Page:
Cadillac will be General Motors’ (GM) flagship brand for electric vehicles, the company announced in a press release on Friday. This comes on the heels of the lackluster performance of all-electric Chevy Bolts, sales of which fell by over 20% year-over-year in 2018.
“Cadillac will be GM’s lead electric vehicle brand and will introduce the first model from the company’s all-new battery electric vehicle architecture, GM’s foundation for an advanced family of profitable EVs,” the company stated in the release.
The announcement underscores GM’s resolve to shift its EV base away from Chevrolet. In November, the company said it would plug the production of Chevy’s hybrid model Volt by March 2019, as part of its strategy to cut down manufacturing of low-selling brands.
The change in strategy makes sense, given the fact that the automaker is currently trailing behind its rivals in the electric vehicle segment. GM is yet to have a compelling competitor to Tesla (TSLA) Model S, or for that matter, any other high-end EV manufactured by global peers including BMW, Jaguar, Mercedes or Audi.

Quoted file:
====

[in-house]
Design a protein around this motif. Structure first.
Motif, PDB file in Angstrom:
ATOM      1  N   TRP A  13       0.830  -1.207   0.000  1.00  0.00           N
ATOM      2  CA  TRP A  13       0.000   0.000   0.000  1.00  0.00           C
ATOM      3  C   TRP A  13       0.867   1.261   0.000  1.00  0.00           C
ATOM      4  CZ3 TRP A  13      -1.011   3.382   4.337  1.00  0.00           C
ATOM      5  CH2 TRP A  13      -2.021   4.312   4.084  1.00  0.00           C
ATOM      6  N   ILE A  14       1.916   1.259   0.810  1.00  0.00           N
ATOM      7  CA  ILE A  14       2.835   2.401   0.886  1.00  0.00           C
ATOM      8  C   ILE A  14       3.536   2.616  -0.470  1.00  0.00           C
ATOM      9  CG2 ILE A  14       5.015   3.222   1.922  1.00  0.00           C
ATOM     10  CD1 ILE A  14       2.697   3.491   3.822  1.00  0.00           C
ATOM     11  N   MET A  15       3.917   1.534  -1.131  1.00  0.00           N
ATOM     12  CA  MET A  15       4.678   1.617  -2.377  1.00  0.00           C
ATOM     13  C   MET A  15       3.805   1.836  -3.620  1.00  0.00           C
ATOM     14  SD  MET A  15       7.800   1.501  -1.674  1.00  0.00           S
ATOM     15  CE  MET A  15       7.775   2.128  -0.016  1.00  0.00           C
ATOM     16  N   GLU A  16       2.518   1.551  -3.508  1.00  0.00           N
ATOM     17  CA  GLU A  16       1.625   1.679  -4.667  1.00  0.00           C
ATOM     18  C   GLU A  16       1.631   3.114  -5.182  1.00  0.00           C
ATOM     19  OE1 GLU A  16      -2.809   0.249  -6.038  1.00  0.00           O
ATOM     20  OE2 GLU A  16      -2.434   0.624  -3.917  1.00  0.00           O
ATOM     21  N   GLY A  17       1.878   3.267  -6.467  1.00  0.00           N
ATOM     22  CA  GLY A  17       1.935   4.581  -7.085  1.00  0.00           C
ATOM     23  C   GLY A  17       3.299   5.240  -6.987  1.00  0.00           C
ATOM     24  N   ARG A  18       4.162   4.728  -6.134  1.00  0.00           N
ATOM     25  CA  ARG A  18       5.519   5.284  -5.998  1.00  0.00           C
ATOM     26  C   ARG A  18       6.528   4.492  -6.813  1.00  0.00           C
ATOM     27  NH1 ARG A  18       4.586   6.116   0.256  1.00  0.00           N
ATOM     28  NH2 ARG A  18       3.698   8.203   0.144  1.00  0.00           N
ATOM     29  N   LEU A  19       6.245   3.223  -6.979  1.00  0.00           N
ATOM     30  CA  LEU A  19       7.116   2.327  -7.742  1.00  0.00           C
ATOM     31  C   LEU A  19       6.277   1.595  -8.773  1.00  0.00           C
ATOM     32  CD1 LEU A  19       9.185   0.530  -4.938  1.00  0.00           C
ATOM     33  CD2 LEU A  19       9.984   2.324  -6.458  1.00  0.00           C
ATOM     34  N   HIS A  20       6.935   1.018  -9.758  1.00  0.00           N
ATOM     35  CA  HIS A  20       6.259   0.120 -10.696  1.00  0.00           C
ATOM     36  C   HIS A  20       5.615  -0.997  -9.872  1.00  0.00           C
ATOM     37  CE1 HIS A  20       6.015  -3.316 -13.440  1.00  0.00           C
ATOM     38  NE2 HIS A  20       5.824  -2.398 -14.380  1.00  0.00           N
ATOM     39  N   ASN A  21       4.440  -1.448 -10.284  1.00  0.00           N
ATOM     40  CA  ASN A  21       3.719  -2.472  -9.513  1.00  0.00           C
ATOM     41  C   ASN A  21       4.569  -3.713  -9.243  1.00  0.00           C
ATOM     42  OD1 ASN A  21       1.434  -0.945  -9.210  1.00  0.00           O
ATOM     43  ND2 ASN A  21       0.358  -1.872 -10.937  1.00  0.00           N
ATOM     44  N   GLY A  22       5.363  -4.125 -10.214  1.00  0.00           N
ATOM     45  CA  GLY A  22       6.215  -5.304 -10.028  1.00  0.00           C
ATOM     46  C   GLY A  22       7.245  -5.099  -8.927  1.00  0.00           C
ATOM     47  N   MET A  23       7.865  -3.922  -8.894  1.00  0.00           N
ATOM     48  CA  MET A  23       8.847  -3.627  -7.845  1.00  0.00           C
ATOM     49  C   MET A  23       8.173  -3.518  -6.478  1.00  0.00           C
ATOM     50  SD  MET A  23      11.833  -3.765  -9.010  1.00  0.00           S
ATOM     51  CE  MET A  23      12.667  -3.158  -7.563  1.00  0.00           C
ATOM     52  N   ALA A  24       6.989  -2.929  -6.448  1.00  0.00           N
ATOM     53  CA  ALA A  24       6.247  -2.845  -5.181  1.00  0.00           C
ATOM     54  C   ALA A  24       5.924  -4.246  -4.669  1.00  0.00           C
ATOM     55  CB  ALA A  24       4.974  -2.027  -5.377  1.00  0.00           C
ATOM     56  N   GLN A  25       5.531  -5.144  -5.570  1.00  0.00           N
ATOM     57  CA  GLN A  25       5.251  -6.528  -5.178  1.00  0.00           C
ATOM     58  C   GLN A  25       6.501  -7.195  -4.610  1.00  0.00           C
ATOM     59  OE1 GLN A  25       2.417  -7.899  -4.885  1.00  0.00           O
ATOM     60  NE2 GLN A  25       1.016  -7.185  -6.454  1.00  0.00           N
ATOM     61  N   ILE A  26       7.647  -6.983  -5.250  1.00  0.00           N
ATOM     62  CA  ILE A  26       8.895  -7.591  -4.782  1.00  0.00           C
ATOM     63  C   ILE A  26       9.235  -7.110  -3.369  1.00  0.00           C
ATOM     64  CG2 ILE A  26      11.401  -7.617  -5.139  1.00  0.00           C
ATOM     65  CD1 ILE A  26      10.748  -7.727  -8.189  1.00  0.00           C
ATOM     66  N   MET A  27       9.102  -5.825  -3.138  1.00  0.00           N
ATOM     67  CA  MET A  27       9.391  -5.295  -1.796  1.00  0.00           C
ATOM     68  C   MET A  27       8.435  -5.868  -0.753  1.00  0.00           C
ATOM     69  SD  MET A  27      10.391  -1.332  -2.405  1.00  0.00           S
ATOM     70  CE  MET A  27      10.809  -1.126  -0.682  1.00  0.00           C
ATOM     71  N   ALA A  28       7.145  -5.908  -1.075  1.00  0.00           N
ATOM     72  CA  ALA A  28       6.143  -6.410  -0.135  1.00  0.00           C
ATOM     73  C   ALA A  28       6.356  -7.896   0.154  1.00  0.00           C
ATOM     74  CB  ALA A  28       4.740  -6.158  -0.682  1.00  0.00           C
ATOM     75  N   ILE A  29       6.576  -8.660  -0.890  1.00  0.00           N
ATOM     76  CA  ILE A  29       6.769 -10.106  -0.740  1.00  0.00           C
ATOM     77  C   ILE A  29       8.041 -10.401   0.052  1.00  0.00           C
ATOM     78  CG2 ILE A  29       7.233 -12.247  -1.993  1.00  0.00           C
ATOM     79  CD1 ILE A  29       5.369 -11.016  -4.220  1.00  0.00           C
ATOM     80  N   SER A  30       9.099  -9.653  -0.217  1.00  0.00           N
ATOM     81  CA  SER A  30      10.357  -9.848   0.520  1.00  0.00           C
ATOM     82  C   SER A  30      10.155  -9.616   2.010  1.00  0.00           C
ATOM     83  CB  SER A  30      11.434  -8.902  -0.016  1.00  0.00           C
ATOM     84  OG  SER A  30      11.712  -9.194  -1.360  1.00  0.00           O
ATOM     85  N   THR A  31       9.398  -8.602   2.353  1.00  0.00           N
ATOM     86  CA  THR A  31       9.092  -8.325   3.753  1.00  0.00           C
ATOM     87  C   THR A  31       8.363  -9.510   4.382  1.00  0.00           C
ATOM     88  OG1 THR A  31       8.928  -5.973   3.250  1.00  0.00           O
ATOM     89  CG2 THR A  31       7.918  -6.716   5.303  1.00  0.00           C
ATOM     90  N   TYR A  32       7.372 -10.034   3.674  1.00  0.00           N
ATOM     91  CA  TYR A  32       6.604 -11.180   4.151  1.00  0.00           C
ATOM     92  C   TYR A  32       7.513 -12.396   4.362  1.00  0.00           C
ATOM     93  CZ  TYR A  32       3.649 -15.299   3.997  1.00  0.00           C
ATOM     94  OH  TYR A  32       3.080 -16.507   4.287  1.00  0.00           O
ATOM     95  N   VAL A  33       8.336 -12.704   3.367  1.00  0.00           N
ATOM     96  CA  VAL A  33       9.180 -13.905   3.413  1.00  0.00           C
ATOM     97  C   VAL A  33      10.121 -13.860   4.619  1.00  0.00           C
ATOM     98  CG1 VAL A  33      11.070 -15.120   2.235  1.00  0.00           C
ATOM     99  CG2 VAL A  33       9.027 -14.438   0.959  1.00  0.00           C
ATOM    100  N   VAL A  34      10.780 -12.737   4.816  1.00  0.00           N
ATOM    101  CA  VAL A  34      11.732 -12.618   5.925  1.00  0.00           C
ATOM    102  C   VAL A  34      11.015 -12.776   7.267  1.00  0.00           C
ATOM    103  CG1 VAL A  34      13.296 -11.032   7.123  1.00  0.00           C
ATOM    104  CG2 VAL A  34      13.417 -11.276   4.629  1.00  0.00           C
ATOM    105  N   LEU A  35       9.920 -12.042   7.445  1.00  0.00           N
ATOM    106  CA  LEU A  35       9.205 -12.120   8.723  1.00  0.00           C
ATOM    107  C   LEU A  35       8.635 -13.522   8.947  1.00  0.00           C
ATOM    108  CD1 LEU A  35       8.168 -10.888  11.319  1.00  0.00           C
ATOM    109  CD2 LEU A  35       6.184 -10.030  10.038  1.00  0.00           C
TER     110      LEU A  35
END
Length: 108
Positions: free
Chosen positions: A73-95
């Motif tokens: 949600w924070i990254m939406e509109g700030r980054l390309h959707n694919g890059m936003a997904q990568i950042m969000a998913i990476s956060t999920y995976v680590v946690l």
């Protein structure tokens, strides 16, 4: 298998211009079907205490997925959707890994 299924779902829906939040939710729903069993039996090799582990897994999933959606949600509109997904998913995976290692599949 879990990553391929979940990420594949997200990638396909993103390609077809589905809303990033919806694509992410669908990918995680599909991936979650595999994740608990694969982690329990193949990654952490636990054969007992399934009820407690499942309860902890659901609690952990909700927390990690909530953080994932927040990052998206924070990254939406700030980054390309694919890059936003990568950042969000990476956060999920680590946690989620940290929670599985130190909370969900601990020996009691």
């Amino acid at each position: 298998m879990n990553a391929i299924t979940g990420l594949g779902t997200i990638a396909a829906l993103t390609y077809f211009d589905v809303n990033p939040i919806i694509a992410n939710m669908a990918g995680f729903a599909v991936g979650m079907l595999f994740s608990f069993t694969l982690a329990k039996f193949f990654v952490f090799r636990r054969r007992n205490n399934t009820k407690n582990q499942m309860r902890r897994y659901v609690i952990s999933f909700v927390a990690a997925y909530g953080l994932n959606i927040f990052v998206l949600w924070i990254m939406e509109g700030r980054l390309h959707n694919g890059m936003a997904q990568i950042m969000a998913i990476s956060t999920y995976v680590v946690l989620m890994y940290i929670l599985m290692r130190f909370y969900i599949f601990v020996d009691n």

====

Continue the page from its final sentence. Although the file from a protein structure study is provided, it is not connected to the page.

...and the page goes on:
Without giving out any specifics, GM said it would bring out around 20 EVs by 2023 from the Cadillac stable. The vehicles would come in various body styles and drive types, including front-wheel, rearwheel and all-wheel configurations.
However, now that GM has sold the 200,000th electric vehicle, the company loses its advantage of $7,500 federal tax credit. For any further sales, the tax credit would be slashed to half for the next six months. This would, in turn, jack up the prices of vehicles.
General Motors is the second automaker after Tesla to reach the EV credit threshold in sales.